Another purpose is a pushbutton switch in which the cooperative cam means on the plunger and housing cam follower are effective to provide a stop preventing outward movement of the plunger.

Another purpose is a pushbutton switch of the type described in which the contact terminals have an intermediate portion within the housing and generally symmetrically arranged terminals extending outside of the housing such that the terminals may be positioned in either of two symmetrical arrangements relative to the housing.

Another purpose is a pushbutton switch construction in which a plurality of switches are fastened, at the front, to a generally U-shaped channel, with the channel containing a latch bar and blockout members slidably positioned relative to each other.

Another purpose is a pushbutton switch construction utilizing a plurality of independent switches attached, at the front of each pushbutton housing, to a generally U-shaped channel.

Another purpose is a pushbutton switch construction of the type described utilizing independent blockout members positioned between adjacent plungers to prevent inward operative movement of more than one of such adjacent plungers.

Another purpose is a pushbutton switch construction of the type described in which a slidable latch bar moves within a U-shaped channel positioned at the front of a plurality of pushbutton switches, with the spring biasing the latch bar being placed at the front of the channel and having portions extending through it.

Another purpose is a pushbutton switch construction of the type described having provision for more than one latch bar, each with an independent spring.

Other purposes will appear in the ensuing specification, drawings and claims.

BRIEF DESCRIPTION OF THE DRAWINGS The invention is illustrated diagrammatically in the following drawings wherein:

FIG. 1 is a plan view of a pushbutton switch construction illustrating a plurality of individual pushbutton switches attached to a frame,

FIG. 2 is a front view with portions removed, of the construction of FIG. 1,

FIG. 3 is a side view of a pushbutton switch,

FIG. 4 is a side view of the switch of FIG. 3, with the contact terminals reversed,

FIG. 5 is an enlarged top plan view of the plunger,

FIG. 6 is a side view of the plunger,

FIG. 7 is a bottom view of the plunger,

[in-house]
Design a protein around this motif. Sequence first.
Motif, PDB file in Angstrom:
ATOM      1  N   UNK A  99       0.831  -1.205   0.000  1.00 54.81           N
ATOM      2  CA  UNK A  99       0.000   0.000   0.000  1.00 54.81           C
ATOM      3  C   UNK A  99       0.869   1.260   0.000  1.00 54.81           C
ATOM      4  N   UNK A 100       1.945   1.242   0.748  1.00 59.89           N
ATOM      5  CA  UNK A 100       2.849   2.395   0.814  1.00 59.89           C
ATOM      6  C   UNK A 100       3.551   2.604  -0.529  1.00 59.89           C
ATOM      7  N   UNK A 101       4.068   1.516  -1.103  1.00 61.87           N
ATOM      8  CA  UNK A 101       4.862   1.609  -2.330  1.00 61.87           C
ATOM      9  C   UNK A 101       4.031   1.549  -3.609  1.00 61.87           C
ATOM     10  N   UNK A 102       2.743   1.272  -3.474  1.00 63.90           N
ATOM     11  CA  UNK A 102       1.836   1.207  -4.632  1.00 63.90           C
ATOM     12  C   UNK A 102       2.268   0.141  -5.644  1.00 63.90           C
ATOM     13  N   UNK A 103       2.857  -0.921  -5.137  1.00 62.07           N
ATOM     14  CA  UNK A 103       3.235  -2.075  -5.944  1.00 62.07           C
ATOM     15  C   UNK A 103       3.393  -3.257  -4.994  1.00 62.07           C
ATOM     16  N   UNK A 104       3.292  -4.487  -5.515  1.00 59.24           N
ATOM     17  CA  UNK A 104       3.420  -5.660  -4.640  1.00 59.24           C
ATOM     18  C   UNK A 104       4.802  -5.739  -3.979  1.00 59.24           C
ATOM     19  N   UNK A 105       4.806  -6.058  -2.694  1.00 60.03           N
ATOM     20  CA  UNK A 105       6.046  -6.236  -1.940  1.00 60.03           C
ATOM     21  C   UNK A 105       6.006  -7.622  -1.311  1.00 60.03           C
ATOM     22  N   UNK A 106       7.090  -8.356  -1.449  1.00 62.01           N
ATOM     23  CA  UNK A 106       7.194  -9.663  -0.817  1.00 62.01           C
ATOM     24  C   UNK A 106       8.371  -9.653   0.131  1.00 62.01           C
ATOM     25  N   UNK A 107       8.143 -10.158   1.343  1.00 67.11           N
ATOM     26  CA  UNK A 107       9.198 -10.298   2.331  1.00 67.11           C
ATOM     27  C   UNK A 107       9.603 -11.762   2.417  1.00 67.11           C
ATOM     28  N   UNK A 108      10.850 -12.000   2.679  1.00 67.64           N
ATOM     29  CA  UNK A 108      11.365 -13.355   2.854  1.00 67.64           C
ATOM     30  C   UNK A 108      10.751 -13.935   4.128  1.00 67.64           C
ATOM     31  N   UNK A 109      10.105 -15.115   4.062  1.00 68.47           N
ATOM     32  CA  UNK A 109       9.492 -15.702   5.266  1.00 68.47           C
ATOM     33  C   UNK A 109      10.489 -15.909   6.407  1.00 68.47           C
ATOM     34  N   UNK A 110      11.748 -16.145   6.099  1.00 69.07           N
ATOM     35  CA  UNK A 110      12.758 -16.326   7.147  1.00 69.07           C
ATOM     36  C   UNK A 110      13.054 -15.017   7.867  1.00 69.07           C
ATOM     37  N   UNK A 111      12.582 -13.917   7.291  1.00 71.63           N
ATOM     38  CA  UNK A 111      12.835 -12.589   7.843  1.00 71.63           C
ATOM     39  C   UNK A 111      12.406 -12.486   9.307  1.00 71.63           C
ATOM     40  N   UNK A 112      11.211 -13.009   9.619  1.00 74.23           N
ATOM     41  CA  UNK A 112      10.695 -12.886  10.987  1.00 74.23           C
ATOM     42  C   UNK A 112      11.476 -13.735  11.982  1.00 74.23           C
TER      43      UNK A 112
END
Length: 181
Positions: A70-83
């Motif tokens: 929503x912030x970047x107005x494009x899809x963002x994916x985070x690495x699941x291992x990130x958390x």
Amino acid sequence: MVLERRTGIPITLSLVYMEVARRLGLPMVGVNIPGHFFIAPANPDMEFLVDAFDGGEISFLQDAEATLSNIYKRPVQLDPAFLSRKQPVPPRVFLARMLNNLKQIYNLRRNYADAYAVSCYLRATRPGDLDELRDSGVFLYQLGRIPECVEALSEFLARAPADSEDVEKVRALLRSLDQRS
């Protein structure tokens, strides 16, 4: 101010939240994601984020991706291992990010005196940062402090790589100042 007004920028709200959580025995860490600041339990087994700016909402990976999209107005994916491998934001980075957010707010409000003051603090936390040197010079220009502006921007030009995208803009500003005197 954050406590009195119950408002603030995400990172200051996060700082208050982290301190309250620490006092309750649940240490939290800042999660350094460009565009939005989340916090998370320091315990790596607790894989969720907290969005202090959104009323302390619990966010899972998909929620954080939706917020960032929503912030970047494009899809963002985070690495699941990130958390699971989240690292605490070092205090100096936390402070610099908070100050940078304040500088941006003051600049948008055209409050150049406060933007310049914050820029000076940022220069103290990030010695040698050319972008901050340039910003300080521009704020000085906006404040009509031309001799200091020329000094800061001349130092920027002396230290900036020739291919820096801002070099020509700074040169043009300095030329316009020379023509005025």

FIG. 8 is a section along plane 8-8 of FIG. 5,

FIG. 9 is a section along plane 9--9 of FIG. 5,

FIG. 10 is an enlarged top plan view of a portion of the plunger,

FIG. 11 is a side view of the shorting bar,

FIG. 12 is a top view of the shorting bar,

FIG. 13 is an end view of the shorting bar,

FIG. 14 is a view of the outside of one of the housing sections,

FIG. 15 is a section along plane 15-15 of FIG. 14,

FIG. 16 is a view illustrating the inside of the switch section of FIG. 14,

FIG. 17 is an end view of the switch housing,

FIG. 18 is a side view of another section of the switch housing,

FIG. 19 is a view of the outside of the switch housing section of FIG. 18,

FIG. 20 is a plan view, similar to FIG. 19, showing the inside of the switch housing section of FIG. 18,

FIG. 21 is a plan view of the cam follower,

FIG. 22 is a partial plan view of a modified form of cam follower,

FIG. 23 is a front view of the mounting channel, with portions removed,

FIG. 24 is a plan view of the latch bar,

FIG. 25 is a top view of the blockout member,

FIG. 26 is a front view of the blockout member,

FIG. 27 is an end view of the blockout member, and

FIG. 28 is a side view of the latch bar return spring.

The present invention relates to improvements in a push-button switch and improvements in means for utilizing a series of such switches. In the switch itself the improvements relate to a shorting bar fastened in the plunger and having independent flexing contacts which are integral with each other and confined in their movement by the plunger. In addition the cam follower which functions as a means for controlling movement of the plunger is a stop preventing plunger removal.